Another fanciful idea was that Jews plotted to poison the wells. In 1161 eighty six Jews had been burned for this in Bohemia. A hundred and sixty Jews had been burned at Chinon in 1321 as accomplaces of the lepers who had supposedly planned to poison the whole of France. Some years earlier Forty Jews had committed suicide at Vitry in order to avoid the same fate. When the Black Death ravaged Europe between 1348 and 1351 Jews provided convenient scapegoats. The theory was that they provoked the it by poisoning water wells. Now it was the Jews who were primarily held responsible, and the lepers who were the accomplices. At Strasburg 2,000 Jews were burned alive. At Mainz some 6,000 were slaughtered in a single day, the 24th August 1349. Elsewhere Jews were walled up in their homes and left to die of starvation. Around 10,000 Jews, representing around 80 communities, were murdered in Bavaria. The entire Jewish population of Basel was wiped out: 600 adults went to the stake; their children were given to Christians for forcible conversion. Invariably the Church was involved one way or another, sometimes through priests, sometimes monks, sometimes through a rampaging mob of penitents known as Flagellants. These Flagellants literally whipped themselves into a religious frenzy. They were responsible for a Jewish massacre at Frankfurt in July 1349. Sometimes their mere approach precipitated violence. Anticipating the arrival of Flagellants in the same year, Christians at Brussels killed 600 Jews. Within the space of the three years 1348-1350, there were 350 known Jewish massacres, but there may well have been many more.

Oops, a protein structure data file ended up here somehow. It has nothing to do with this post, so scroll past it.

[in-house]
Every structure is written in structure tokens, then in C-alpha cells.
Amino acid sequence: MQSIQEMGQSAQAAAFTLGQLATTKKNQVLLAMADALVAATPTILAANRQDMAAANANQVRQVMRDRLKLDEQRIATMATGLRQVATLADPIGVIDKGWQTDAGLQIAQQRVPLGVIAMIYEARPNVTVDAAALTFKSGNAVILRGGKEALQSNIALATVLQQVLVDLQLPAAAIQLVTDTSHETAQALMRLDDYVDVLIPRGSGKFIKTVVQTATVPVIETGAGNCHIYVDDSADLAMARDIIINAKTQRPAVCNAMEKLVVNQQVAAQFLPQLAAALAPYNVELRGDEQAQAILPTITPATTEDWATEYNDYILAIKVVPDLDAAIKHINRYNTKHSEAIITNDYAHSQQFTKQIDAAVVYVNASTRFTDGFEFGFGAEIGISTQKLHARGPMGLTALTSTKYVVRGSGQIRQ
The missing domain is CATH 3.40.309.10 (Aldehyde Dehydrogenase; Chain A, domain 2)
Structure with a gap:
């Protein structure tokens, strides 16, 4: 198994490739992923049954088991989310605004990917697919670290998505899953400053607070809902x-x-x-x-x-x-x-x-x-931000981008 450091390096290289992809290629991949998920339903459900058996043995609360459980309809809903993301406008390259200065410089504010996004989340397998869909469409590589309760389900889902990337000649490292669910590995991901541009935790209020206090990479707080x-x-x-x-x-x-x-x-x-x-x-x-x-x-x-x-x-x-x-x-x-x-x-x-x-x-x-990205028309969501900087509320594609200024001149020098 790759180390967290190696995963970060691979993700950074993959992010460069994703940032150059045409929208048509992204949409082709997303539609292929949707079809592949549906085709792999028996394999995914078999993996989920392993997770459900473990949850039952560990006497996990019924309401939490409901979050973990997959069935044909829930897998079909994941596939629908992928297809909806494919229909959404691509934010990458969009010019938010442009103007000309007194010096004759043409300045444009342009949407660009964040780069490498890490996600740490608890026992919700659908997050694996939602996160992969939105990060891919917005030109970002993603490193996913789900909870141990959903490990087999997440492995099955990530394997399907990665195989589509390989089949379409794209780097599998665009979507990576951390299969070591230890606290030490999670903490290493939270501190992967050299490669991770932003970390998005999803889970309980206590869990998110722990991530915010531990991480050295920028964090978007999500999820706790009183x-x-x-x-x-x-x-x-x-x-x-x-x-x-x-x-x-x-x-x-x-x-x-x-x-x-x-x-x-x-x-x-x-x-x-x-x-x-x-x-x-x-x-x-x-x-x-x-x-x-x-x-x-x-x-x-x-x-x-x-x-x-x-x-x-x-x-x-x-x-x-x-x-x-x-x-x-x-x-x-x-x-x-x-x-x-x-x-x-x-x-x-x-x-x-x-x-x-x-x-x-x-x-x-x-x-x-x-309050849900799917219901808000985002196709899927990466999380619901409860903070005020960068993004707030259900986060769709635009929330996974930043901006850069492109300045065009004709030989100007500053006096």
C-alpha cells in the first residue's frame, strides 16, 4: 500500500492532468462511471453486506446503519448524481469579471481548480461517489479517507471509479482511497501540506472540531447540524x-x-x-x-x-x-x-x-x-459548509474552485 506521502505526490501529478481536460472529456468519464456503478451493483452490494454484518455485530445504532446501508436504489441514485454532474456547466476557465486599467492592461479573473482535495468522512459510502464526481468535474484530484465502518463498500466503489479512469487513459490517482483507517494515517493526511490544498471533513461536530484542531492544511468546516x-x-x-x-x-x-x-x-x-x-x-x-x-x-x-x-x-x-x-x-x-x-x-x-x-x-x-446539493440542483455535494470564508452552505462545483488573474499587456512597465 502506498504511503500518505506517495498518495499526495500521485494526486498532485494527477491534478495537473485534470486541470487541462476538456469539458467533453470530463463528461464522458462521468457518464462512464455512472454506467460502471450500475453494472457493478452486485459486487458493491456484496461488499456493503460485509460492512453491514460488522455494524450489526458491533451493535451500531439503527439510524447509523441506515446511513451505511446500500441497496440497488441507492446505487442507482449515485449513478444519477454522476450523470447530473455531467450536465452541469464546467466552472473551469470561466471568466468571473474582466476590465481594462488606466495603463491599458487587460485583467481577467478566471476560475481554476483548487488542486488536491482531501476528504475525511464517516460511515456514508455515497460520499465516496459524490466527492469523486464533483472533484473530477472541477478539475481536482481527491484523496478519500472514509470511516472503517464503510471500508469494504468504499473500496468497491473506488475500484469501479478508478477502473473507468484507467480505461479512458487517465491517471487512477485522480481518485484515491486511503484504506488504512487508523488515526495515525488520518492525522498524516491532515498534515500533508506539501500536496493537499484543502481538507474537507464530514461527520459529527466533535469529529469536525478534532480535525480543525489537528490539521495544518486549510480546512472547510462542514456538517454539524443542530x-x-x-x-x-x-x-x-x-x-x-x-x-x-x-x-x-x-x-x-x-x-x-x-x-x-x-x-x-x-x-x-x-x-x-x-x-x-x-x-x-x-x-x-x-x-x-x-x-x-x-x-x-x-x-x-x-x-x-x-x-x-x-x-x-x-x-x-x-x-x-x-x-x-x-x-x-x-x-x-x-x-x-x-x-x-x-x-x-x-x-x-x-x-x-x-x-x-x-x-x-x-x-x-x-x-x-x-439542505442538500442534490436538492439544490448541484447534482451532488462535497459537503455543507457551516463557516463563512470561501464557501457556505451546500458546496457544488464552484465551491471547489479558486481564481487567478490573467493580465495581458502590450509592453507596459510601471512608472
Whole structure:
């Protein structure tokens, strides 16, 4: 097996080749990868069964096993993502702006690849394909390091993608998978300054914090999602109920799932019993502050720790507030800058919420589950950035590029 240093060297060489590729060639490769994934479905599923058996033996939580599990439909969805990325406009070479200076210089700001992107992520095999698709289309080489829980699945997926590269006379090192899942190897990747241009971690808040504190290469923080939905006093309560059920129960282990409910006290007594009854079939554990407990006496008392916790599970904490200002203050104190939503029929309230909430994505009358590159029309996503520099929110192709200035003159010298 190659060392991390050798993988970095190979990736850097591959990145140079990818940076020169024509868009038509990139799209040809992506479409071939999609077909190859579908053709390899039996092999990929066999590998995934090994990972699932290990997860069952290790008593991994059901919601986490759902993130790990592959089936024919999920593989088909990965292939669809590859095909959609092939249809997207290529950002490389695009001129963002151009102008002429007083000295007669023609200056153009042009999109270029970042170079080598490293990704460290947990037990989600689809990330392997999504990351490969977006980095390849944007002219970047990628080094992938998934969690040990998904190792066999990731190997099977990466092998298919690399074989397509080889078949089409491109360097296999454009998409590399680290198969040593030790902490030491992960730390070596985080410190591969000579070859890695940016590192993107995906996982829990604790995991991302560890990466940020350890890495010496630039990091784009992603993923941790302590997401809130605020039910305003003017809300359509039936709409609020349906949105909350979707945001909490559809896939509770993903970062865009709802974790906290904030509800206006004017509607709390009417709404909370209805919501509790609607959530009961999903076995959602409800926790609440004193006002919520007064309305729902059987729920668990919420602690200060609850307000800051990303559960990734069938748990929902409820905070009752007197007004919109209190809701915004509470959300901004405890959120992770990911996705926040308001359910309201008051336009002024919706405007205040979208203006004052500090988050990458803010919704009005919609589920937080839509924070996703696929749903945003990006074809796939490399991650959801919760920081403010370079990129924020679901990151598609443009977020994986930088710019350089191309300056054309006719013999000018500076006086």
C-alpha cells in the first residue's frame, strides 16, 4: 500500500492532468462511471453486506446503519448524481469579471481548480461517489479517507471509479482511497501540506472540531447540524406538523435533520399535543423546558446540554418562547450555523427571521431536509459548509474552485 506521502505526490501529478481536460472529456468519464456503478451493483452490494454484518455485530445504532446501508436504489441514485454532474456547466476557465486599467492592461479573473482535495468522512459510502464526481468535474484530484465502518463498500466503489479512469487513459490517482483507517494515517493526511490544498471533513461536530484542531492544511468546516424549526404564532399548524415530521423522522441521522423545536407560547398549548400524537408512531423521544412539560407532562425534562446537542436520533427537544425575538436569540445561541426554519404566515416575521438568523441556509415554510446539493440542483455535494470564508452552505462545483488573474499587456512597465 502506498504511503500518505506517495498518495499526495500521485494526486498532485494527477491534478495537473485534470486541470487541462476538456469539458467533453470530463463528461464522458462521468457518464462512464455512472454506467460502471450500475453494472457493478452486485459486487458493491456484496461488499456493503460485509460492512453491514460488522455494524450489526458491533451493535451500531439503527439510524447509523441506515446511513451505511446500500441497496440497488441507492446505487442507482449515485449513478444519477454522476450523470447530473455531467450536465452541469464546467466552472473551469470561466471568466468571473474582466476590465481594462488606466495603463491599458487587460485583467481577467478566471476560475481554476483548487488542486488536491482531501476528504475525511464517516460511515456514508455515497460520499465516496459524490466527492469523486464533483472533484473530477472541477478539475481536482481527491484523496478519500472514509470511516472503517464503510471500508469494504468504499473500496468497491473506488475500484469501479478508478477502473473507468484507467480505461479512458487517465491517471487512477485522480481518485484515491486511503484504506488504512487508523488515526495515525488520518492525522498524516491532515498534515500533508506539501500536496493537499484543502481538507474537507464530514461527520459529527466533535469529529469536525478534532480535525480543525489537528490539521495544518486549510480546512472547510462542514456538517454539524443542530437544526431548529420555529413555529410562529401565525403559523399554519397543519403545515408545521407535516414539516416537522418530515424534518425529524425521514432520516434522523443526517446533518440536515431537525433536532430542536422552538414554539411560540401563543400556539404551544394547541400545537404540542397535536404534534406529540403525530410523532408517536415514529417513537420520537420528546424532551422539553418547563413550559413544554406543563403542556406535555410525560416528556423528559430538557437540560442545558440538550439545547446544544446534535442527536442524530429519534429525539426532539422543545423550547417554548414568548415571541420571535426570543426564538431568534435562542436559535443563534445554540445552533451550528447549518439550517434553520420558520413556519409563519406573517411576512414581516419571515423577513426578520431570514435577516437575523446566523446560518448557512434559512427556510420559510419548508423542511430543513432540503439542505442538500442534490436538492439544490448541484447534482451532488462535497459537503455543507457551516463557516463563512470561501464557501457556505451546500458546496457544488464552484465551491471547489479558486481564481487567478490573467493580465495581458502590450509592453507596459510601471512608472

Wherever Christianity flourished, so did anti-Semitism. A clerical revival in France in the 1890s was linked to the Dreyfus affair, during which a Jewish army officer was falsely accused of treason by the Christian establishment. It was left to a small number of freethinkers such as Émile Zola to help him, as it was to help other Jews when falsely accused. When it became clear that a miscarriage of justice had taken place, La Civilta Catholica commented that “if a judicial error has indeed been committed, then the Assembly of 1791 was responsible when it accorded French nationality to Jews”. Father Vincent Bailly, Editor of La Croix claimed that the Church in France was undergoing “a punishment reminiscent of Christ’s own passion … betrayed, sold, jeered at, beaten, covered with spittle and crucified by the Jews”.